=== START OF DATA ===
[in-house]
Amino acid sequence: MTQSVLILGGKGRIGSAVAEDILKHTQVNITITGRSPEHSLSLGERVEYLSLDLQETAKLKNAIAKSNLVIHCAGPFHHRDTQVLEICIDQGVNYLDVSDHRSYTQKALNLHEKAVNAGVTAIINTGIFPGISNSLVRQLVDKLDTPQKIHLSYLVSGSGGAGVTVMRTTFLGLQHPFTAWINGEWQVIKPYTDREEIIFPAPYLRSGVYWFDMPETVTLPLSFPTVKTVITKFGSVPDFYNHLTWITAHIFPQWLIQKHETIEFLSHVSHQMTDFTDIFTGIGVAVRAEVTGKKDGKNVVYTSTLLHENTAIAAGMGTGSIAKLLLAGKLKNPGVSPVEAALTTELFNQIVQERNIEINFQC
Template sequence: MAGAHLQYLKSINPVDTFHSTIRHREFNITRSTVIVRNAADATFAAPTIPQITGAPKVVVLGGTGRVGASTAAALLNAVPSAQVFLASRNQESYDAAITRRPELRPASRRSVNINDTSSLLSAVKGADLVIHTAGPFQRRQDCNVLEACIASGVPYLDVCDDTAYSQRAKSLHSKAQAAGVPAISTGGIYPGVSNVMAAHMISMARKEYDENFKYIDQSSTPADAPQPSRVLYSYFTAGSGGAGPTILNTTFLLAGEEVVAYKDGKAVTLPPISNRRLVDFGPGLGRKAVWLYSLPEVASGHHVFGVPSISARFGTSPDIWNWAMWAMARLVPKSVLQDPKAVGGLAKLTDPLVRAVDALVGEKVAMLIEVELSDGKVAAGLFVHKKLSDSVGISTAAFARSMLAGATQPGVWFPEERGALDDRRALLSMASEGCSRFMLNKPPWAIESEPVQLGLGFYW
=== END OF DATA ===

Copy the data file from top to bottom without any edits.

[in-house]
Amino acid sequence: MTQSVLILGGKGRIGSAVAEDILKHTQVNITITGRSPEHSLSLGERVEYLSLDLQETAKLKNAIAKSNLVIHCAGPFHHRDTQVLEICIDQGVNYLDVSDHRSYTQKALNLHEKAVNAGVTAIINTGIFPGISNSLVRQLVDKLDTPQKIHLSYLVSGSGGAGVTVMRTTFLGLQHPFTAWINGEWQVIKPYTDREEIIFPAPYLRSGVYWFDMPETVTLPLSFPTVKTVITKFGSVPDFYNHLTWITAHIFPQWLIQKHETIEFLSHVSHQMTDFTDIFTGIGVAVRAEVTGKKDGKNVVYTSTLLHENTAIAAGMGTGSIAKLLLAGKLKNPGVSPVEAALTTELFNQIVQERNIEINFQC
Template sequence: MAGAHLQYLKSINPVDTFHSTIRHREFNITRSTVIVRNAADATFAAPTIPQITGAPKVVVLGGTGRVGASTAAALLNAVPSAQVFLASRNQESYDAAITRRPELRPASRRSVNINDTSSLLSAVKGADLVIHTAGPFQRRQDCNVLEACIASGVPYLDVCDDTAYSQRAKSLHSKAQAAGVPAISTGGIYPGVSNVMAAHMISMARKEYDENFKYIDQSSTPADAPQPSRVLYSYFTAGSGGAGPTILNTTFLLAGEEVVAYKDGKAVTLPPISNRRLVDFGPGLGRKAVWLYSLPEVASGHHVFGVPSISARFGTSPDIWNWAMWAMARLVPKSVLQDPKAVGGLAKLTDPLVRAVDALVGEKVAMLIEVELSDGKVAAGLFVHKKLSDSVGISTAAFARSMLAGATQPGVWFPEERGALDDRRALLSMASEGCSRFMLNKPPWAIESEPVQLGLGFYW